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  1. 4 likes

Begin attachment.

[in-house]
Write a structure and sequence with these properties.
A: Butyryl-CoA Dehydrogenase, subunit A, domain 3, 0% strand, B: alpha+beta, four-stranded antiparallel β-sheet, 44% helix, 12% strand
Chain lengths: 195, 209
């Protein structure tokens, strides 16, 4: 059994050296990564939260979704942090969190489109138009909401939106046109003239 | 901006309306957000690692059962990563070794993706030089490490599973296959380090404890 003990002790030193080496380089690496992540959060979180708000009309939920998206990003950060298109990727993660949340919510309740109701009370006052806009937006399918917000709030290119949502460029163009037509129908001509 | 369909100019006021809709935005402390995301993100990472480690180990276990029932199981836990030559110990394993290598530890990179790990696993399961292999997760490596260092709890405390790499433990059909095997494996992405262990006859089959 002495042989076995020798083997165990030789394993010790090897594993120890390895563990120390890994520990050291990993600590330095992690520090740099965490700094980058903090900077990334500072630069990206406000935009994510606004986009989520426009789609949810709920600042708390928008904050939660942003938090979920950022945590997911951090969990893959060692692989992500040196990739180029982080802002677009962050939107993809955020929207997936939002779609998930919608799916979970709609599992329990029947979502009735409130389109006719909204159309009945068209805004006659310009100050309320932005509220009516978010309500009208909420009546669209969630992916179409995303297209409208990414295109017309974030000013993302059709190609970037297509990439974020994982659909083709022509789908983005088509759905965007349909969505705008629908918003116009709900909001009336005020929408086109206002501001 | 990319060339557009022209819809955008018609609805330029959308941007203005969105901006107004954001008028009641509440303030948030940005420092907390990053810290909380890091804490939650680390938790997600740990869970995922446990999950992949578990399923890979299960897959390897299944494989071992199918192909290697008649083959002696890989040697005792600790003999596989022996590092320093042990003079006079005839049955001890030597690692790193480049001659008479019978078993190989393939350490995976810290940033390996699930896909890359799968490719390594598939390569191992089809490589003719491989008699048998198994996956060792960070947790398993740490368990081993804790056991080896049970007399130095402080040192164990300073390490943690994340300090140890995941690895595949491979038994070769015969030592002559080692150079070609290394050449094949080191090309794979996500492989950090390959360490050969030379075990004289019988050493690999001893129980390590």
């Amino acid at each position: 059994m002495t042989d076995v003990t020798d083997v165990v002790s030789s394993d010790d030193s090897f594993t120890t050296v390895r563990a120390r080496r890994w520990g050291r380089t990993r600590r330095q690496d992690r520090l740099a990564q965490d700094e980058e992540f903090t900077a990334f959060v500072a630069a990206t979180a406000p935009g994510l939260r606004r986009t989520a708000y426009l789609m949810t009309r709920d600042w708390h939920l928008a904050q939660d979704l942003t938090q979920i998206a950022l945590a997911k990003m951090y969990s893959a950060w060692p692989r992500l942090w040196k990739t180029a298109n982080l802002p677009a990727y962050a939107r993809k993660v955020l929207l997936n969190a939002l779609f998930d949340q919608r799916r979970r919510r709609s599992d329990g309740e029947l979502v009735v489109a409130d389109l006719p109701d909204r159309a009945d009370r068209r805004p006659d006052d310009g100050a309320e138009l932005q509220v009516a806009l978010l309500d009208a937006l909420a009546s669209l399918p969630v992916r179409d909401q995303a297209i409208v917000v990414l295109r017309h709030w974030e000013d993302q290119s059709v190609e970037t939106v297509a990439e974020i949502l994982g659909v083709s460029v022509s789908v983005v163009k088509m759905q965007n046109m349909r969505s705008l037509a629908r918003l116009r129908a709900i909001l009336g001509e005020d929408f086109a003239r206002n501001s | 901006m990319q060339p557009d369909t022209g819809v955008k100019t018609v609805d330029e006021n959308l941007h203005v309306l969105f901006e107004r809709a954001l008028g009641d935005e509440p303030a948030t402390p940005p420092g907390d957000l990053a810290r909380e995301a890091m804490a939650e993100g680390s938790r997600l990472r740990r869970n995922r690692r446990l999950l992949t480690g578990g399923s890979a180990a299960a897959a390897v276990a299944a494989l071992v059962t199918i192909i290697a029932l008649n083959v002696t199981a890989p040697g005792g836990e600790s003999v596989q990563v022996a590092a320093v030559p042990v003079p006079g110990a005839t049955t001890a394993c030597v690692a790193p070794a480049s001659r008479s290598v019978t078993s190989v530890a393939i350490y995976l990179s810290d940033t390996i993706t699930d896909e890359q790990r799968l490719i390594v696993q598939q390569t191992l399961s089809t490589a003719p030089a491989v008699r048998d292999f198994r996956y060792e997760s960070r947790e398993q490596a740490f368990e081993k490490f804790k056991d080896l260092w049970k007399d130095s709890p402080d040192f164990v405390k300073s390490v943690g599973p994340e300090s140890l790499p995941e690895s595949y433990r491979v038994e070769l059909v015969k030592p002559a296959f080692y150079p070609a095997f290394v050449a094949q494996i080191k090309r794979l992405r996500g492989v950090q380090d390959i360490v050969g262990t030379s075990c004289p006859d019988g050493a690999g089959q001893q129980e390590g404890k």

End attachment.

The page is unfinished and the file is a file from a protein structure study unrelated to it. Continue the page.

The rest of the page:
Here is an idea for a series I've thought about doing for a while now, I got the idea from an old thread made by @User9113 and I thought I'd try my hand on making what I think could be a reasonable color scheme for every major sports team from a certain city or state. No 2 cities can have the same color scheme and every city with more than one team in either the NFL, CFL, NBA, NHL, MLB, or MLS. To start off I went with the first two teams in terms of alphabetical order, up first Arizona. For Arizona I decided that the coyotes current color scheme would be a perfect fit with the other teams, the brick red and sand give a desert vibe IMO and the colors fit in with most of the teams current colors, the cardinals just changed the shade of red and the color of the beak, the suns I thought could work with the colors being warmer, the coyotes already use these colors, and the diamondbacks already essentially had these colors just slightly different shades and no more teal. For Atlanta I knew I needed to have red since all 4 teams from Atlanta use some shade of the color, then I looked and saw that the hawks used to use yellow (unlike their current horrible neon yellow) and the braves have some yellow in their logo as well as Atlanta United having gold as one of their colors, I simple added black to those colors to get what I feel is a pretty "Atlanta" color scheme. Changes to the logos varied in amounts, the falcons just added a yellow outline where silver was and added a lot to their uniforms, for the hawks I just tried to incorporate all the team colors into it rather than their current just red and white, the braves just swited the blue to black, and Atlanta United changed their shade of dark red and their gold to yellow.